Mary Fitzpatrick uses photography, video and painting to examine the themes of conflict, destruction and memory, creating a personal and historical archive of our times. In her series of twelve photographs: Ramallah, her themes are place – notably left abandoned after conflict - and the effect of time. The residual object, the aftermath of dramatic events, the physicality of stuff are the subjects of her arresting photographs. The end of conflict does not mean that all the causes of danger have been extinguished. Bullets and mines lie on or within the earth where we have our being. These residual things, richly textured, harshly there, of immense interest in light and shadow, in wet and dry reflection, left behind as the result of action and inaction, in decay, still echoing from the past, are still communicating. They lie in and on the earth which will have its gradual effect - corroding, eroding, changing and covering so that they will become part of geological time - a microcosm of which we see in the eroded pages of an Islamic text and the crumpled contours of cloth. In a sense, Mary Fitzpatrick is distancing the terrible events by looking at them from the perspective of time in which all things pass.

Where Mary Fitzpatrick’s examination of place and object has a philosophical point to make about time, Pauline O’Connell addresses the aesthetic topic of the theatricality of object and place; she is working within the still-life genre. The dramatically composed Meat Stall has an eerie quality created by the dark shadows, the shanty-town sense of dereliction and desertion and the subject itself, framed by the use of two diagonals. Accept Only the Best and Large Kanga are beautifully conceived celebrations of the textures and light-reflecting qualities of glass, metal, wood, plastic, brick, slate, the patina of time and use together with ambassadors from the world of commerce: coke bottles, plastic bag with advertising slogan, stencilled letters…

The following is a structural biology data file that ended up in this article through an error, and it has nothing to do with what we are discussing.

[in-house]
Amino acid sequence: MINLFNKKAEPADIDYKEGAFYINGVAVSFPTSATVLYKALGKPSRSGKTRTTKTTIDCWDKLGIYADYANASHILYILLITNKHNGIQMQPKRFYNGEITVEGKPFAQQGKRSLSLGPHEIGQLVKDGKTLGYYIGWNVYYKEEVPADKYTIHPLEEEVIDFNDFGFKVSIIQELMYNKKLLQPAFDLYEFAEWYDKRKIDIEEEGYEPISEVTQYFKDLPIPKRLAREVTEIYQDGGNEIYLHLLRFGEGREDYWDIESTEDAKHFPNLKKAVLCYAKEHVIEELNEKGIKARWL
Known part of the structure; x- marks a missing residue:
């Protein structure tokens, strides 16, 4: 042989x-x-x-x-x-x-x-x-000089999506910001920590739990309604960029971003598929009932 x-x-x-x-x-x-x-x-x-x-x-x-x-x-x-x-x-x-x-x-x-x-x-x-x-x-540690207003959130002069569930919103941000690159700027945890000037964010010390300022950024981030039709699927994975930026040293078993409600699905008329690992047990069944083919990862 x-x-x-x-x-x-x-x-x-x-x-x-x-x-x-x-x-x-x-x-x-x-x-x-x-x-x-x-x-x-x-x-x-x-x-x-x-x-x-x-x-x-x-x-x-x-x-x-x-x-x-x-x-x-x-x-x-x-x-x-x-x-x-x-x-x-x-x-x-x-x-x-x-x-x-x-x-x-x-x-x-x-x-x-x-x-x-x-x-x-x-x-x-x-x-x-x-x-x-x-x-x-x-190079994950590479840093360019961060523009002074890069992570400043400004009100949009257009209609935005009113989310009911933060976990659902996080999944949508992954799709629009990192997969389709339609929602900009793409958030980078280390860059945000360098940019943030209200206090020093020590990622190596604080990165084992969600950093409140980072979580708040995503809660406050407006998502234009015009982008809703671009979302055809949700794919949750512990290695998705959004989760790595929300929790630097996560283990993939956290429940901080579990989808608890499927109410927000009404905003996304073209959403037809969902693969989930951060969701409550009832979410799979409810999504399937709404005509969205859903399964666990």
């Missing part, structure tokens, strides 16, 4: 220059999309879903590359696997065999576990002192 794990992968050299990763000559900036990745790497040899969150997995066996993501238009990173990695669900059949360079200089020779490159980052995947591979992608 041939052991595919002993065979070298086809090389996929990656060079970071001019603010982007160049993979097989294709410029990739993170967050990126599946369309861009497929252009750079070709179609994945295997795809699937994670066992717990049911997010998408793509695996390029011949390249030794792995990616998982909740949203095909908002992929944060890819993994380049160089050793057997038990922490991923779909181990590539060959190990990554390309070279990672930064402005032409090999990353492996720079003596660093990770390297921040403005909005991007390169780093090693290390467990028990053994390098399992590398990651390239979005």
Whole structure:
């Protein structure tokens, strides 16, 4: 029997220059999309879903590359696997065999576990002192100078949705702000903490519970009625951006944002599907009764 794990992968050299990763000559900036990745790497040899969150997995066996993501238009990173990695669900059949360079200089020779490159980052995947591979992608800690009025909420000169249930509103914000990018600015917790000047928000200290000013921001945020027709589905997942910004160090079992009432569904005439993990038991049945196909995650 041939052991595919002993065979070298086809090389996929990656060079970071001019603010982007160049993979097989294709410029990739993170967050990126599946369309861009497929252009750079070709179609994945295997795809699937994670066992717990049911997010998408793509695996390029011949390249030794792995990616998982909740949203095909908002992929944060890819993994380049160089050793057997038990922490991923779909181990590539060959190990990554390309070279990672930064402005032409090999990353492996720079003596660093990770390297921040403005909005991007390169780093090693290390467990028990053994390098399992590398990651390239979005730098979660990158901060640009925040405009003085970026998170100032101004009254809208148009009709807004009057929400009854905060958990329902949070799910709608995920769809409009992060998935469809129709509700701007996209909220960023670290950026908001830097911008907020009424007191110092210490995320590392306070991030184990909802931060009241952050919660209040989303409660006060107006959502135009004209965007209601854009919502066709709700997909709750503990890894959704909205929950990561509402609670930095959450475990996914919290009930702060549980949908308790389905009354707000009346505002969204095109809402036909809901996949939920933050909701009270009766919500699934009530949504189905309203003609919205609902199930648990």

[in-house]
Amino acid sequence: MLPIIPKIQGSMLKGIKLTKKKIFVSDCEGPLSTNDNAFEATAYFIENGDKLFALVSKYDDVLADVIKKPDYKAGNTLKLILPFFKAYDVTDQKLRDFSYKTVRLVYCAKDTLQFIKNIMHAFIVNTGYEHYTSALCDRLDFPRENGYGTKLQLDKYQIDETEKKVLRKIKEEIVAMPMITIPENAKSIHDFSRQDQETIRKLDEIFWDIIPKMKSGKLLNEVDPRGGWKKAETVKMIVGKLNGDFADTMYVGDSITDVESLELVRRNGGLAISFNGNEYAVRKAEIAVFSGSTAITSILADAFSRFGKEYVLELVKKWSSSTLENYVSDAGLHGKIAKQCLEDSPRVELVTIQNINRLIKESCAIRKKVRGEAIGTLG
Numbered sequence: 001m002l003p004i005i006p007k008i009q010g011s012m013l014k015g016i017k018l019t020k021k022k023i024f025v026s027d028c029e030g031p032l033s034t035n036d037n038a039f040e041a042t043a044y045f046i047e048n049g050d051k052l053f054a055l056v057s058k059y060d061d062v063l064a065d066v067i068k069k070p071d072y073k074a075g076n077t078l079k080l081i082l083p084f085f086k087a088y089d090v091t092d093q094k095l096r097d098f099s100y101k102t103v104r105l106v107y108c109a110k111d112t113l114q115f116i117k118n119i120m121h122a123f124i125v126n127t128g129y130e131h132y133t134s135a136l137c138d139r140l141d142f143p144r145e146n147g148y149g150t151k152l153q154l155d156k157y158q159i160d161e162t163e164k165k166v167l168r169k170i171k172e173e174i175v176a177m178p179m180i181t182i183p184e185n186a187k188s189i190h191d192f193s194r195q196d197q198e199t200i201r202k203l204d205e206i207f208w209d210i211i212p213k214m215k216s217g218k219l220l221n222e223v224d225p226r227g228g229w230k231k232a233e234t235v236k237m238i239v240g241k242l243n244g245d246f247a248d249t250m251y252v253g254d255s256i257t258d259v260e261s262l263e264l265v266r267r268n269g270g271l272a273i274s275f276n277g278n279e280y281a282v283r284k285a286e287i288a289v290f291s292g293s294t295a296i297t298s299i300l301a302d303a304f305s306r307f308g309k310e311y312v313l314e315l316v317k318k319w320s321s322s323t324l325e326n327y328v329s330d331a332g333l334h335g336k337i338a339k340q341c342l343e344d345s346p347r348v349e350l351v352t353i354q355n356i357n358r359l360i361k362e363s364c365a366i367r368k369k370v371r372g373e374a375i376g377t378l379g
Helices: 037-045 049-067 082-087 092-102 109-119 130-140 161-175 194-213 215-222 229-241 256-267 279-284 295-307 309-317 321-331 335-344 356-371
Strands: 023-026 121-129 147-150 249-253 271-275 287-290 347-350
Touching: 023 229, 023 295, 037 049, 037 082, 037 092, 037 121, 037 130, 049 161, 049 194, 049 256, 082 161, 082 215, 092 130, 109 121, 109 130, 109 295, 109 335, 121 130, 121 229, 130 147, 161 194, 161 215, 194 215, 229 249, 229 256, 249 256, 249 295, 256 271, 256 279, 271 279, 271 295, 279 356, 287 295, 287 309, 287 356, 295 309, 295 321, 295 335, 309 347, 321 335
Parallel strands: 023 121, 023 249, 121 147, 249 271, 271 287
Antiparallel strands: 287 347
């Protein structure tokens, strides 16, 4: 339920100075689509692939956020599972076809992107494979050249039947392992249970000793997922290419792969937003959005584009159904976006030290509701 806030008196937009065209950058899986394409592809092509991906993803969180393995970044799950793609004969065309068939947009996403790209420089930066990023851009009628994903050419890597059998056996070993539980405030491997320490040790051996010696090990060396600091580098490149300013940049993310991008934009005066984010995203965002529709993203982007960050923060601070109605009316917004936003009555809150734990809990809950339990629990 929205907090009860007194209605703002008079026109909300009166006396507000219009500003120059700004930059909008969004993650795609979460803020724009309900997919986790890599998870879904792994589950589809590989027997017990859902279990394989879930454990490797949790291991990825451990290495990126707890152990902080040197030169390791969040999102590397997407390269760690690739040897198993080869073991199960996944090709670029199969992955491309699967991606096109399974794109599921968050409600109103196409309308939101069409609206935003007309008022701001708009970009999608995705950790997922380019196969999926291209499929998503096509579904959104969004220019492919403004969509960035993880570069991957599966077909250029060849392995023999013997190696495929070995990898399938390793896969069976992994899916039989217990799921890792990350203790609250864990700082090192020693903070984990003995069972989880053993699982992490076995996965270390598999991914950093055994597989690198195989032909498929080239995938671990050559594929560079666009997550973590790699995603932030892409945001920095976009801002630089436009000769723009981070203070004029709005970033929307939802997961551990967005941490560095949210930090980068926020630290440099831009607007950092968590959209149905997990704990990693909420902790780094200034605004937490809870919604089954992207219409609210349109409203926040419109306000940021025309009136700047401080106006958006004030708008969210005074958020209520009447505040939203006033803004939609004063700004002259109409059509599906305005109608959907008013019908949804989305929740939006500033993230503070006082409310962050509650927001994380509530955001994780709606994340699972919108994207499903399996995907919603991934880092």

Derek CulleyDerek Culley’s work can best be described as having a frenetic joy if such a concept is not a contradiction in terms. Overall the impression is abstract expressionist, with elements of Rouault though having met this artist I’m sure he would be unhappy with labelling of any kind. There are recurrent Christian motifs, such as the fish and the cross and altar vessels, interspersed with what could be road markings, directional signs, chess pieces, ladders, both kinds of roundabout, exploding wheels, urban flyovers, eyes, eyes that may also be fish, flowers, fireworks: colour and form producing a mesh of brightly coloured and layered textures, added drama created by the occasional use of black and white. Intricate and meticulous, the painting has the appearance and energy of something conceived and executed in a state of urgent single-pointedness: a speeded up experience of time. The Golgotha pieces could and should be transposed into a series of stained glass windows. They are spiritual in the sense that a human being has contemplated the big issues of what the Buddhists would call ‘samsaric existence’ – the chaotic hurly-burly of life whose roundabout we long to step off but which attracts us to stay in spite of everything.